Fifty-four percent of Americans say they expect Trump to lose his campaign for re-election, the same number who said Obama would lose the 2012 election at this point in his first term. Only 40% of Americans think Trump will win in 2020, similar to the 44% who said the same for Obama.
Republicans overwhelmingly say they expect Trump to win re-election to the White House in 2020 (79% feel that way), while Democrats nearly unanimously say they expect him to lose (87% say so). A majority of independents also expect him to lose. Republicans now are more optimistic about Trump’s re-election prospects than Democrats were about Obama (just 69% of Democrats said they expected Obama to win at this point in 2010).
Former President Bill Clinton faced even worse expectations in 1995, when only a quarter of Americans expected him to win his second term following deep losses for his party in the 1994 midterm elections. Trump filed re-election paperwork with federal election officials on Inauguration Day in 2017. He formally announced his re-election bid in February.
Republican presidential primary 2020
Trump holds strong support among his own party’s potential voters in a 2020 primary race. Three-quarters of Republicans and Republican-leaning independents, 75%, say they think the GOP should re-nominate Trump in 2020. Only one in five, 20%, say the GOP should nominate a different candidate. These numbers are virtually identical to Obama’s support among Democrats at this point in his term.
But when those who want to see someone else take the party’s nomination are asked to name an alternative to Trump, no potential candidate has a clear edge. None of the potential nominees raised by respondents earn more than 1% support; that list includes Vice President Mike Pence, former GOP nominee Mitt Romney, House Speaker Paul Ryan, Texas Sen. Ted Cruz, television personality Oprah Winfrey and retiring South Carolina Rep. Trey Gowdy.
Speculation about a Republican primary challenge has swirled around some anti-Trump GOP voices like Ohio Gov. John Kasich, outgoing Arizona Sen. Jeff Flake and Nebraska Sen. Ben Sasse, who have refused to rule out a run for the White House.
Democratic presidential primary 2020
Former Vice President Joe Biden holds the most widespread support when potential Democratic primary voters are asked to rate the chances they would support six possible candidates for the party’s 2020 nomination.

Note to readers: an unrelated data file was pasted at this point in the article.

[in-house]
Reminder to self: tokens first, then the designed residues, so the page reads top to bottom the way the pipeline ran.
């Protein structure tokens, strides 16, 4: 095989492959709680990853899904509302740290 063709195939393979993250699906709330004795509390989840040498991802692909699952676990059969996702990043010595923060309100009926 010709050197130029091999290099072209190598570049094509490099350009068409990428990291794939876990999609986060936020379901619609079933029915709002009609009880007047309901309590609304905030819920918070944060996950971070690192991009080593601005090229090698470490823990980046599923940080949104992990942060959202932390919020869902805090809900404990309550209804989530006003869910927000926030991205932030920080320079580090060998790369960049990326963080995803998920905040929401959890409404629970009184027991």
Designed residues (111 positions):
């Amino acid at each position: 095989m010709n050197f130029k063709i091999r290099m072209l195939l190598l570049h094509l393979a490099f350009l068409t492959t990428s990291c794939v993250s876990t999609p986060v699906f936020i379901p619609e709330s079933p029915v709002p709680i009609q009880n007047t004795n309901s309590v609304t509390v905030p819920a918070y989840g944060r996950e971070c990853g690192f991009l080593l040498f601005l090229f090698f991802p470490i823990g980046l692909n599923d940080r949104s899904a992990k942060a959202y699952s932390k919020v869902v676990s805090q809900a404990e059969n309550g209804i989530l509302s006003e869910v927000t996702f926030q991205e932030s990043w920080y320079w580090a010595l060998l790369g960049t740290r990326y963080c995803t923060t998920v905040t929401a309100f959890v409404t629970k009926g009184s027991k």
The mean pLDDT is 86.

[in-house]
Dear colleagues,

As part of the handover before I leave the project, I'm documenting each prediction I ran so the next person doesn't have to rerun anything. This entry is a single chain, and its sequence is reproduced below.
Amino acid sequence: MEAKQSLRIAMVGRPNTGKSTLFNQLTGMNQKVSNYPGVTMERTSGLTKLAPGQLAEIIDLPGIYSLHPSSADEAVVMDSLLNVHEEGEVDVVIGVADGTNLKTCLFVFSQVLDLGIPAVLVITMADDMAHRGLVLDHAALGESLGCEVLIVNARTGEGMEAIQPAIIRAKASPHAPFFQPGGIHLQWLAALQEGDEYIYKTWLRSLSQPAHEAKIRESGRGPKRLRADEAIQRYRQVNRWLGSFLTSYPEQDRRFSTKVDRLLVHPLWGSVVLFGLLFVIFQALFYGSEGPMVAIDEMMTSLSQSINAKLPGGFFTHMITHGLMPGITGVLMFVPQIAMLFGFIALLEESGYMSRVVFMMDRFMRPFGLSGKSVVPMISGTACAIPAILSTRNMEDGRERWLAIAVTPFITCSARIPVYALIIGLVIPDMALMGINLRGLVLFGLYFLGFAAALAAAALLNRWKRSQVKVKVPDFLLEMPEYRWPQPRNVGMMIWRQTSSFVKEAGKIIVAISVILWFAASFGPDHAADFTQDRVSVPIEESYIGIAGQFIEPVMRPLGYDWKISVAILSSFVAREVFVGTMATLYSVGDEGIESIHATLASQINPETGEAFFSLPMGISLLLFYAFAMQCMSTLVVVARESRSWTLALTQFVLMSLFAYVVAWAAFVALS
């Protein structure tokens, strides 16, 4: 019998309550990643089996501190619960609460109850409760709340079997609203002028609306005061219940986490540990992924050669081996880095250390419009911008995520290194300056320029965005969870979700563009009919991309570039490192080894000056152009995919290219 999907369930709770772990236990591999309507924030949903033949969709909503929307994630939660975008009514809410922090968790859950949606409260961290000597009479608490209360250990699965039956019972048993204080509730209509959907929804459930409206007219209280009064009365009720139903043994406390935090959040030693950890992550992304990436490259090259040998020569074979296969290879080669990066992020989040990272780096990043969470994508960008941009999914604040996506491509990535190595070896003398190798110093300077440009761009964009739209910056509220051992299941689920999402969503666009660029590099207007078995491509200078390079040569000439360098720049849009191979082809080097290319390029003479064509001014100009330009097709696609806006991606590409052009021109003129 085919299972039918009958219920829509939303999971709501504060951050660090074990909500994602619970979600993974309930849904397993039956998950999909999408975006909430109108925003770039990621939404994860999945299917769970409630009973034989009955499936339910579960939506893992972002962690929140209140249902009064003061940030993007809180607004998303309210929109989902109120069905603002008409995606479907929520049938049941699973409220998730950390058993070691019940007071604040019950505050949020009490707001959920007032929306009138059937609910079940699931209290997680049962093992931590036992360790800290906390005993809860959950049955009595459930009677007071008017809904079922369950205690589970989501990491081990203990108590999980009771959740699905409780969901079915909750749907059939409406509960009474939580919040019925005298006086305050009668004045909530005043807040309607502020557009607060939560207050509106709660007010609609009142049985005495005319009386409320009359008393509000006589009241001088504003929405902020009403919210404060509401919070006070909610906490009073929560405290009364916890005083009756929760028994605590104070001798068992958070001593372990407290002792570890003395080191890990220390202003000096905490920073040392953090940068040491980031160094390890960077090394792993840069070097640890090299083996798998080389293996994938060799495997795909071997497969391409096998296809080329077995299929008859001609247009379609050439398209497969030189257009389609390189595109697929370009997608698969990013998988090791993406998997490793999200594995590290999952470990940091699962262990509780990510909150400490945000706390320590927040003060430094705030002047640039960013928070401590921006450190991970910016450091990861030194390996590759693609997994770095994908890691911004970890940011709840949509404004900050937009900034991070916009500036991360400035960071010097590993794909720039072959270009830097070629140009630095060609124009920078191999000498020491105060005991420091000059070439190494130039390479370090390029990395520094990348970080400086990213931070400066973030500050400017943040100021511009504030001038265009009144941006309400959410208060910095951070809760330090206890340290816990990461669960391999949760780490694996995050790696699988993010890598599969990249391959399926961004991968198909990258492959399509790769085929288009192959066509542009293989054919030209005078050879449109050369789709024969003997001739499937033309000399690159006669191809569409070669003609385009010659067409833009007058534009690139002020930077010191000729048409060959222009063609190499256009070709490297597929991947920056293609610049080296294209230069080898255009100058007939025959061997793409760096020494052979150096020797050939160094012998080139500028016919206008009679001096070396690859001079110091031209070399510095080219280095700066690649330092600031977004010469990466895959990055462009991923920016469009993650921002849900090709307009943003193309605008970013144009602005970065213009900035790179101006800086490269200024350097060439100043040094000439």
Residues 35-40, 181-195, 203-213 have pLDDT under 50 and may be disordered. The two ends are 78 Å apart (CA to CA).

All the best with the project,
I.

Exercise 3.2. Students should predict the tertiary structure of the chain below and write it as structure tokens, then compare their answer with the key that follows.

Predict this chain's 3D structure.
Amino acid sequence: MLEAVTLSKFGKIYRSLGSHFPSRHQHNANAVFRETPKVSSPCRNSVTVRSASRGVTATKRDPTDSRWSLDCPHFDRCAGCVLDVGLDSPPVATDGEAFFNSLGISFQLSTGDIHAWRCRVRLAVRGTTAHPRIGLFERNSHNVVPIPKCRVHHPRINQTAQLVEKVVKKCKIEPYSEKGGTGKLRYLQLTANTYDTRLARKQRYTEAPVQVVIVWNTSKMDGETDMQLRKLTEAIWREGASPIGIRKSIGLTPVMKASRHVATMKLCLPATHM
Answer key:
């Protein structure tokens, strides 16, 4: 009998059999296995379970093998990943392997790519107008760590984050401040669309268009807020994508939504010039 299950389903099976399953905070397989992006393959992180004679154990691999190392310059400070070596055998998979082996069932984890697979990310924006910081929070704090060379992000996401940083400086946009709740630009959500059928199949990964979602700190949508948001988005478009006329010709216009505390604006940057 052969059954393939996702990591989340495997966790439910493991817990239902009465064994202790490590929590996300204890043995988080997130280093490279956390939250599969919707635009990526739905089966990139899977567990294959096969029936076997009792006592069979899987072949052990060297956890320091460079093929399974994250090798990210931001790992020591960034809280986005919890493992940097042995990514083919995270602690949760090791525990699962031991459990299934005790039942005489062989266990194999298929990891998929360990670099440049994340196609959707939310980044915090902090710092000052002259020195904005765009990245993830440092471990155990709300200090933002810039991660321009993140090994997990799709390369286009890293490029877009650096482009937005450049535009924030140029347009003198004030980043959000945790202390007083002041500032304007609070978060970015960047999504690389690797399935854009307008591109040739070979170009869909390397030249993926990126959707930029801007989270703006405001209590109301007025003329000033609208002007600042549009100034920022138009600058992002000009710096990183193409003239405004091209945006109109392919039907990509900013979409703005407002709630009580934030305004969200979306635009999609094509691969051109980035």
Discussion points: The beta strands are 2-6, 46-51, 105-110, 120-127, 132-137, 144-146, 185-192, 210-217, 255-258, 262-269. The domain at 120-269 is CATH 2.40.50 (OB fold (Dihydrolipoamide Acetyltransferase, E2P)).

A broad 84% of Democrats and Democratic-leaning independents say they are likely to support a Biden bid for the Democratic nomination, two-thirds of whom say they are “very likely” to back his candidacy.
Large majorities of Democrats and Democratic-leaning independents also say they are likely to support Vermont Sen. Bernie Sanders (75%) and Massachusetts Sen. Elizabeth Warren (68%). Still, this support is slightly less intense than Biden’s: Six in 10 likely Sanders backers say they are “very likely” to support him and less than half of Warren’s likely supporters say they are “very likely” to support her.
Both Biden, 75, and Sanders, 76, have not ruled out bids for the White House in 2020. Warren has said she isn’t running.
About half of potential Democratic primary voters say they are likely to back California Sen. Kamala Harris, New Jersey Sen. Cory Booker and New York Sen. Kirsten Gillibrand. Roughly one in five say they aren’t sure if they’d support those latter three, lesser-known possible candidates. Only two in 10 potential Democratic voters overall say they are “very likely” to back Harris and Booker; only one in 10 are “very likely” to support Gillibrand.
Sanders still has the strongest grip on young voters in the Democratic party: 60% of potential Democratic primary voters under 35 say they are very likely to back Sanders vs. 52% for Biden, 29% for Warren, 18% for Harris, 16% for Booker and 12% for Gillibrand.
Among potential Democratic primary voters, racial divisions also play a role. Six in 10 nonwhites, 61%, say they are very likely to back Biden’s candidacy vs. 52% of whites who say the same. On the flip side, 39% of whites are very likely to back Warren’s bid vs. only 25% of nonwhites.
The CNN poll was conducted by SSRS March 22-25 among a random national sample of 1,014 adults reached on landlines or cellphones by a live interviewer. Results for the full sample have a margin of sampling error of plus or minus 3.7 percentage points. It is larger for subgroups.